8. #8 Greg Laden
    February 2, 2010

    I didn’t discuss the history of Mark-down because I don’t know enough about it yet, but if you go to the link provided then you can follw a link to the current “markdown” site and there might be some information there.

    Also, one thing to keep in mind is that the original markdown language is sed. Sort of. If you don’t like some detail of markdown, you can always make a sed filter that does exactly what you want.

    In fact, markdown does some stuff that would be hard to re-program, and is best used as it is. But other stuff would be very simple to reprogram. So a pre-markdown filter would work nicely. Also, there are problems using markdown with various outputs. I have a hard time geting some markdwon outputs to work with Lyx (so far) I assume a pre- or post-filter would fix that.

  9. #9 David Marjanović
    February 2, 2010

    There are ScienceBlogs that interpret both HTML and markdown in the comments. As a result, it’s almost impossible to post a URL with underscores in it.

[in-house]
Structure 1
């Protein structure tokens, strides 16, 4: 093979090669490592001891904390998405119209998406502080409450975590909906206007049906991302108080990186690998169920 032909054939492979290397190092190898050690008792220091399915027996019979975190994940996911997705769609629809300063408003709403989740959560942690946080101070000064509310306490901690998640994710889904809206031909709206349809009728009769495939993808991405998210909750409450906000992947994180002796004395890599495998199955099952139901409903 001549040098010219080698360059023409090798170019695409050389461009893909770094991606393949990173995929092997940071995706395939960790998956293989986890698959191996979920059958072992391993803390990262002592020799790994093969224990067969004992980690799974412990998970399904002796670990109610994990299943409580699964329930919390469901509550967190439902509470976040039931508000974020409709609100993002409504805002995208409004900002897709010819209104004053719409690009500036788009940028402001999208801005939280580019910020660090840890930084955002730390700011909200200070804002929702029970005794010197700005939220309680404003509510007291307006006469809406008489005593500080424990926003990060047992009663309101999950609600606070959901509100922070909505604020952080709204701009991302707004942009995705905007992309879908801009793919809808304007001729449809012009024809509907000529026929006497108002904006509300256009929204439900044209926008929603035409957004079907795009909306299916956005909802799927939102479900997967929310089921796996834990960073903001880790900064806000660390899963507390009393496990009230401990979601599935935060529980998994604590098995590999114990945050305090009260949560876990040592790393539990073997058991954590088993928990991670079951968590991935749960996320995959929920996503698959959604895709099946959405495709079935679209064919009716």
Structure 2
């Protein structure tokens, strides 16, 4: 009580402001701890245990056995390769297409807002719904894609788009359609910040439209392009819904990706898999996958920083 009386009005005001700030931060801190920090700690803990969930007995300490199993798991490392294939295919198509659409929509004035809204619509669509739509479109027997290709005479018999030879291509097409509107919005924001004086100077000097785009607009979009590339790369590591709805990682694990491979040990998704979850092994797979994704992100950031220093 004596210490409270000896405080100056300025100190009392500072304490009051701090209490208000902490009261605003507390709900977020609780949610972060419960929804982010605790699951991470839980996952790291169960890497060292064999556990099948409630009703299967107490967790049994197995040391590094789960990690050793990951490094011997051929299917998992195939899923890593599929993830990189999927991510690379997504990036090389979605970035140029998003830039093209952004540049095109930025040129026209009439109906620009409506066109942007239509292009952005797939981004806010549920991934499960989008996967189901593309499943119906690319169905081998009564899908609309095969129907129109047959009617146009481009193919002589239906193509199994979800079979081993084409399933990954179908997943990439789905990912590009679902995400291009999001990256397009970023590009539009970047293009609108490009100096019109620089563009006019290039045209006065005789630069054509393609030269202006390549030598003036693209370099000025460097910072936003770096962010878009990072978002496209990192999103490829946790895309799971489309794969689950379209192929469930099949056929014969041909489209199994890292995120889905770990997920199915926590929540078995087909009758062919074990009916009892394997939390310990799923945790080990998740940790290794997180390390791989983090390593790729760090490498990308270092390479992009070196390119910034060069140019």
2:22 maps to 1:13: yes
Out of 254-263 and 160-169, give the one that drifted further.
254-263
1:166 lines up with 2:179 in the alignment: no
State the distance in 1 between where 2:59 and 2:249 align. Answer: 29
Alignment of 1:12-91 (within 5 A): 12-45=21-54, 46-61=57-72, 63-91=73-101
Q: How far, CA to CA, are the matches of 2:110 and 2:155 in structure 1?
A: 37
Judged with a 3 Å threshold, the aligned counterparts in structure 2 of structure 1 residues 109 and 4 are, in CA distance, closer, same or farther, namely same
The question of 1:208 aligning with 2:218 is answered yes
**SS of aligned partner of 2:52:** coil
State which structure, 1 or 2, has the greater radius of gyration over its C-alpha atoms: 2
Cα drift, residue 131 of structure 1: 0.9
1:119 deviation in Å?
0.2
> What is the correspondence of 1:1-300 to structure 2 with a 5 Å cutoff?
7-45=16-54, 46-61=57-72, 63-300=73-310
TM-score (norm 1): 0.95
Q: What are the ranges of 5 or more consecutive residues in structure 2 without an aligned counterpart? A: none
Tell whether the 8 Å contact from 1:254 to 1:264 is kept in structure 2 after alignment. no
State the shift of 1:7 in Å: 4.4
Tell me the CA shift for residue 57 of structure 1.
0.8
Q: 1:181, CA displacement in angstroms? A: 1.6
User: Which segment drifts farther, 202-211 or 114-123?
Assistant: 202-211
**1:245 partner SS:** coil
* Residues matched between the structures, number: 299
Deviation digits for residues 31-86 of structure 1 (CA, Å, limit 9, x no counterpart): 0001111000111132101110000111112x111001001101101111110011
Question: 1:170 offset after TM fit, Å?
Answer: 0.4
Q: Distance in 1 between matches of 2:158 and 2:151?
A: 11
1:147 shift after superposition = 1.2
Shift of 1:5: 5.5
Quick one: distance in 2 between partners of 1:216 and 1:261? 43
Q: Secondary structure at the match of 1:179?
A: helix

10. #10 MadScientist
    February 3, 2010

    Programming with sed? How bizarre. Are there any emacs LISP implementations? Hehehe.

  11. #11 Marko
    February 3, 2010

    I prefer YAML for markup and Ruby for scripting. But that’s just me. Whatever floats your tags and one-liners.

  12. #12 masklinn
    February 3, 2010

    As a result, it’s almost impossible to post a URL with underscores in it.

    You can escape underscores with backslash (\), and there should be no problem with posting links “fully” (instead of expecting the parser to pick them up): [link text](http://link-url)

    I prefer YAML for markup

    YAML is a data serialization format, it’s a terrible thing to markup text with. And, in fact, it’s never used for that. Meanwhile, that’s the sole role of Markdown (and cousins, such as ReStructured Text or Textile)

  13. #13 abarbarian
    February 5, 2010

    http://antrix.net/stuff/writr/

    An easy peasy tool to use.

  14. #14 Dror Harari
    February 5, 2010

    Were you show the first markdown example, you say: “Here is the same text written in markdown” but actually the words “Homo sapiens” are italicized rather than showing the relevant markdown marking.

  15. #15 Dror Harari